I wrote recently on SCSU Scholars about a graph I saw in a recent copy of Investors Business Daily. It was of spending per capita on higher education in the OECD countries. Unlike primary and secondary education, where we’re quite ordinary, the U.S. spends 2.7% of its GDP on higher education, a full percent more than the OECD average. IBD notes approvingly:
Americans are disappointed with their elementary and secondary schools, which use a lot of money but underperform other nations' school systems. Our university system is another matter. Americans spend more than any other nation on university and college education. It's a key part of our productivity edge.One of the things I did note in reading the data was that the difference was almost entirely due to private spending on higher education; we’re approximately average (on a share of GDP basis) within the OECD. And as an export service higher education does very well, as the thousands of international students on even middling Midwest state university campuses will attest. So I wondered aloud whether its the private/public sector mix that is giving US higher education a comparative advantage.
Perhaps, says Jon Sanders at the Goldwater Institute. I would avoid the regression analysis he shows -- it looks for an immediate effect of higher education spending on state economic activity, whereas the usual arguments are about long-run effects of increased human capital -- but consider instead his last two tables. Which states had the most growth over the last twenty years? Mostly in the northeast -- Massachusetts, New Hampshire, Connecticut, New Jersey and Delaware. How many top-tier institutions in those states are public universities? Zero. Of the twelve states that increased public spending on higher education by at least $10 per person on an inflation-adjusted basis, the one with the highest level of state economic activity per person is Michigan, 12th in the nation. So maybe that is it?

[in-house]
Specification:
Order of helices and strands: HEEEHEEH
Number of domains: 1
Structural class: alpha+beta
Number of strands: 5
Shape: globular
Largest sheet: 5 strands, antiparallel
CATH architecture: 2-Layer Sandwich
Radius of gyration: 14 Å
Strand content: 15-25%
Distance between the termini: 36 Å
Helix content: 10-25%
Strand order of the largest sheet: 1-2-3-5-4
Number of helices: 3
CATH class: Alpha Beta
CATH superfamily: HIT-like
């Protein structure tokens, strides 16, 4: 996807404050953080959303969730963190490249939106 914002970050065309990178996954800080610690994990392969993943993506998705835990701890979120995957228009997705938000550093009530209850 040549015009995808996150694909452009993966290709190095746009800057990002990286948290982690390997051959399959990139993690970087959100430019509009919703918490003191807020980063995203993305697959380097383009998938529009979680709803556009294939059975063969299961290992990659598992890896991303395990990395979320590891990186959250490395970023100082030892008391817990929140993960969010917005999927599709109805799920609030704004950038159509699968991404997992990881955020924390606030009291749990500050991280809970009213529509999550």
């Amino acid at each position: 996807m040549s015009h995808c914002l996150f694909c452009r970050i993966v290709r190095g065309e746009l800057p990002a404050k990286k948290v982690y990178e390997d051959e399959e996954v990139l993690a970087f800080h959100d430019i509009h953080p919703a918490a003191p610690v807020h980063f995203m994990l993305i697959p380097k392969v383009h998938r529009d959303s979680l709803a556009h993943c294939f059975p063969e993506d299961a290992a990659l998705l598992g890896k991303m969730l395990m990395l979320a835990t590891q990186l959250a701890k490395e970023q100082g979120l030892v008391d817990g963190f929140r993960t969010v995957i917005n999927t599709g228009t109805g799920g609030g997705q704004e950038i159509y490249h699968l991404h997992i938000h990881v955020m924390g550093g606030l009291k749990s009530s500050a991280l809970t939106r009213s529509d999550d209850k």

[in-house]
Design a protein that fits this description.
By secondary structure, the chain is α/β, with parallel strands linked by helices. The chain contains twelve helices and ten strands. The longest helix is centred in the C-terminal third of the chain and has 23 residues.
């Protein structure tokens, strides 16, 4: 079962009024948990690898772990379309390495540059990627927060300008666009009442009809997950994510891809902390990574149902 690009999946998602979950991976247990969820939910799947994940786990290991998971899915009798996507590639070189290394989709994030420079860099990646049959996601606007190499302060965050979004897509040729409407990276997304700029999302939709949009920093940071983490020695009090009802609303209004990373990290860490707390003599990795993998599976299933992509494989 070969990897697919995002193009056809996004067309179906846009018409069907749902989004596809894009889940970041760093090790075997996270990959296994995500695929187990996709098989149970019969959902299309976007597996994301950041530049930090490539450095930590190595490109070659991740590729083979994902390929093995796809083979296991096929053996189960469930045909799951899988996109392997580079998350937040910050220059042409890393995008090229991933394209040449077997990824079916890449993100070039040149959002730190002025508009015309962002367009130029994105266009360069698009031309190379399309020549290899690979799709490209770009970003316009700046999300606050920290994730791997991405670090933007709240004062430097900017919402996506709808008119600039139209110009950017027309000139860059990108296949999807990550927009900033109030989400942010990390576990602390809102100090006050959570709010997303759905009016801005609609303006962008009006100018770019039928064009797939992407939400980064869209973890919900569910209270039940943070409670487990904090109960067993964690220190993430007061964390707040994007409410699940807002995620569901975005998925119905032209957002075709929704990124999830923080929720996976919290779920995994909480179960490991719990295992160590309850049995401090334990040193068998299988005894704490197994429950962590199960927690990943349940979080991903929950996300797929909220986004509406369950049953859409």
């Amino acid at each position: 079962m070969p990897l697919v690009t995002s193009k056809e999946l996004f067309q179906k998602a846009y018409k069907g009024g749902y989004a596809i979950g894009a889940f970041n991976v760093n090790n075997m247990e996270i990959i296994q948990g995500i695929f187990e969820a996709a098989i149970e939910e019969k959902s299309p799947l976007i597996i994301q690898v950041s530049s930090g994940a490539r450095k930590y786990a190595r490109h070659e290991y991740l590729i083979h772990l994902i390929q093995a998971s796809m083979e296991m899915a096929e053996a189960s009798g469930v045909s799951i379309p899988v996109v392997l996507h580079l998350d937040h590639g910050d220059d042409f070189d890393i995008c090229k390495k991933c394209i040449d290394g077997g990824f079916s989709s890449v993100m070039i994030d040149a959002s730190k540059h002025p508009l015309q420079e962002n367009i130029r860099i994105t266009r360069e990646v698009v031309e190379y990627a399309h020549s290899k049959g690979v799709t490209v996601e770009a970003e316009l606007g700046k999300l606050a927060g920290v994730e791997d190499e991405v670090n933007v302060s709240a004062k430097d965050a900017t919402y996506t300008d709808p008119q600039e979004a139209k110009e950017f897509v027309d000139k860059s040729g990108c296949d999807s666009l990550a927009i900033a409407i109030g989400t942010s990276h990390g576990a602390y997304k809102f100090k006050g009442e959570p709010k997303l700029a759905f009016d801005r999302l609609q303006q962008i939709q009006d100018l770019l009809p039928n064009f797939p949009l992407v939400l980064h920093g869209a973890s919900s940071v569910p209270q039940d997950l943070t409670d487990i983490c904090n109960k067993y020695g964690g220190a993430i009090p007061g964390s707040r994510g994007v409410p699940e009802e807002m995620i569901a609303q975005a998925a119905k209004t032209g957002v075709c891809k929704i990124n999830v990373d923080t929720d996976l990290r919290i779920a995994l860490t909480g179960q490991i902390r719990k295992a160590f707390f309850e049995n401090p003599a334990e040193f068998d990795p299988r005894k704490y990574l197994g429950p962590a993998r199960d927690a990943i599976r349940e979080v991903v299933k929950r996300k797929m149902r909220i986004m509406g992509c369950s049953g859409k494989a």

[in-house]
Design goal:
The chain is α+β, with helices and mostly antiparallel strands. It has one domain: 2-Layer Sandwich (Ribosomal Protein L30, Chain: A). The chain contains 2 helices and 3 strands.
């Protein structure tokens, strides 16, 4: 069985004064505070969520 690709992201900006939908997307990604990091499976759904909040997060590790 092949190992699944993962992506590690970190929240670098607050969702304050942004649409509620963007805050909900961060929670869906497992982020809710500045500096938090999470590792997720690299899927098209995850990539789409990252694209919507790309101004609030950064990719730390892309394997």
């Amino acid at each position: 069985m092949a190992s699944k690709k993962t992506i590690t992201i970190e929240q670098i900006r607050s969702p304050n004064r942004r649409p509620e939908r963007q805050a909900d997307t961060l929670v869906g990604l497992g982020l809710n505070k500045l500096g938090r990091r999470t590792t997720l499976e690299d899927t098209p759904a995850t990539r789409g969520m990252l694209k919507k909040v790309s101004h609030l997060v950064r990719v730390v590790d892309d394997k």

Think again, says John Bruce. He connects the high degree of private financing to the increasing degree of plagiarism and credentialism on American campuses.
I've seen the observation that in countries where public corruption is common, the corruption itself is seen as an important check and balance against unreasonable government action. The government may pass a burdensome law, and the political system may not provide for mitigation through the normal process, but that's OK, because you can always pay a bribe and get around that law anyhow. It's not an equitable solution, but it works for some, and thus, no revolution. At least for a while.Readers of L&P are no doubt well aware of the cracks, the breakdown in academic honesty and the rise of coursework that rewards students with high grades and promises of a rich future in the professoriate themselves (though perhaps as adjuncts) simply for parroting their leftist teachers. The question that bothers me, and one I have no satisfactory answer for, is whether that problem is a function of the public or the private part of the financing mix.
I think the satisfaction that US higher-education consumers show, by voting with their pocketbooks, is similar. The parents are buying (I am using a synecdoche here) a decal for the back window of their car, which continues to carry a cachet of meritocratic achievement -- although cracks are starting to show in that system.